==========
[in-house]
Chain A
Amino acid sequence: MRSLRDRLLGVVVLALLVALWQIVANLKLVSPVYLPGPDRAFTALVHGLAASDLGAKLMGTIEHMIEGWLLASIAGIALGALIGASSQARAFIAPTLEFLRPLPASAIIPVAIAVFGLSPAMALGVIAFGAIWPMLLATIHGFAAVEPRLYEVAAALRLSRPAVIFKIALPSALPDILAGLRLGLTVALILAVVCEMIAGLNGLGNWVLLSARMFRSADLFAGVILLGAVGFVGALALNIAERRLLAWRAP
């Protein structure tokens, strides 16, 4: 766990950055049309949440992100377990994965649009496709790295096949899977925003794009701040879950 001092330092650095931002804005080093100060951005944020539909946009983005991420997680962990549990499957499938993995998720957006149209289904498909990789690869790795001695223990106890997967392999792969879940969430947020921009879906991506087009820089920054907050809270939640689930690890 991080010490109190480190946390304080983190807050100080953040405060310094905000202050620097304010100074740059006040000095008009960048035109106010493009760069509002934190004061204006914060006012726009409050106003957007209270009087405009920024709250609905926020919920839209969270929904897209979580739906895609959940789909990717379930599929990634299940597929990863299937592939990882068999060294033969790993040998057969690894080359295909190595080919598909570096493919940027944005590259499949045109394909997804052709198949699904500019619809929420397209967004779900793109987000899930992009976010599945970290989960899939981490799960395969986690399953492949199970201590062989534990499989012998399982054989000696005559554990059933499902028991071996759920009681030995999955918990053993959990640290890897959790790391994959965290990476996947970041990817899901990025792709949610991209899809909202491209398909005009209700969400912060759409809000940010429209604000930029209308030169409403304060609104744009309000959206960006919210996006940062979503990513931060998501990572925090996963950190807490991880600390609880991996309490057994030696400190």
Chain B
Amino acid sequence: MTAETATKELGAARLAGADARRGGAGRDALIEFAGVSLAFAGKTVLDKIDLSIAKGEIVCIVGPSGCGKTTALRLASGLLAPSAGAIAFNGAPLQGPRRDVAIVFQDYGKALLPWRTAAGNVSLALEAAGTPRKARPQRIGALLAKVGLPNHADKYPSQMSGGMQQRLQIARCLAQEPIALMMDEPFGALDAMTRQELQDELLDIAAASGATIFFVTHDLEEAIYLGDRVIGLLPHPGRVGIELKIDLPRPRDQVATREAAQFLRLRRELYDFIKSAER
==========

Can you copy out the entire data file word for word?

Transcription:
[in-house]
Chain A
Amino acid sequence: MRSLRDRLLGVVVLALLVALWQIVANLKLVSPVYLPGPDRAFTALVHGLAASDLGAKLMGTIEHMIEGWLLASIAGIALGALIGASSQARAFIAPTLEFLRPLPASAIIPVAIAVFGLSPAMALGVIAFGAIWPMLLATIHGFAAVEPRLYEVAAALRLSRPAVIFKIALPSALPDILAGLRLGLTVALILAVVCEMIAGLNGLGNWVLLSARMFRSADLFAGVILLGAVGFVGALALNIAERRLLAWRAP
């Protein structure tokens, strides 16, 4: 766990950055049309949440992100377990994965649009496709790295096949899977925003794009701040879950 001092330092650095931002804005080093100060951005944020539909946009983005991420997680962990549990499957499938993995998720957006149209289904498909990789690869790795001695223990106890997967392999792969879940969430947020921009879906991506087009820089920054907050809270939640689930690890 991080010490109190480190946390304080983190807050100080953040405060310094905000202050620097304010100074740059006040000095008009960048035109106010493009760069509002934190004061204006914060006012726009409050106003957007209270009087405009920024709250609905926020919920839209969270929904897209979580739906895609959940789909990717379930599929990634299940597929990863299937592939990882068999060294033969790993040998057969690894080359295909190595080919598909570096493919940027944005590259499949045109394909997804052709198949699904500019619809929420397209967004779900793109987000899930992009976010599945970290989960899939981490799960395969986690399953492949199970201590062989534990499989012998399982054989000696005559554990059933499902028991071996759920009681030995999955918990053993959990640290890897959790790391994959965290990476996947970041990817899901990025792709949610991209899809909202491209398909005009209700969400912060759409809000940010429209604000930029209308030169409403304060609104744009309000959206960006919210996006940062979503990513931060998501990572925090996963950190807490991880600390609880991996309490057994030696400190």
Chain B
Amino acid sequence: MTAETATKELGAARLAGADARRGGAGRDALIEFAGVSLAFAGKTVLDKIDLSIAKGEIVCIVGPSGCGKTTALRLASGLLAPSAGAIAFNGAPLQGPRRDVAIVFQDYGKALLPWRTAAGNVSLALEAAGTPRKARPQRIGALLAKVGLPNHADKYPSQMSGGMQQRLQIARCLAQEPIALMMDEPFGALDAMTRQELQDELLDIAAASGATIFFVTHDLEEAIYLGDRVIGLLPHPGRVGIELKIDLPRPRDQVATREAAQFLRLRRELYDFIKSAER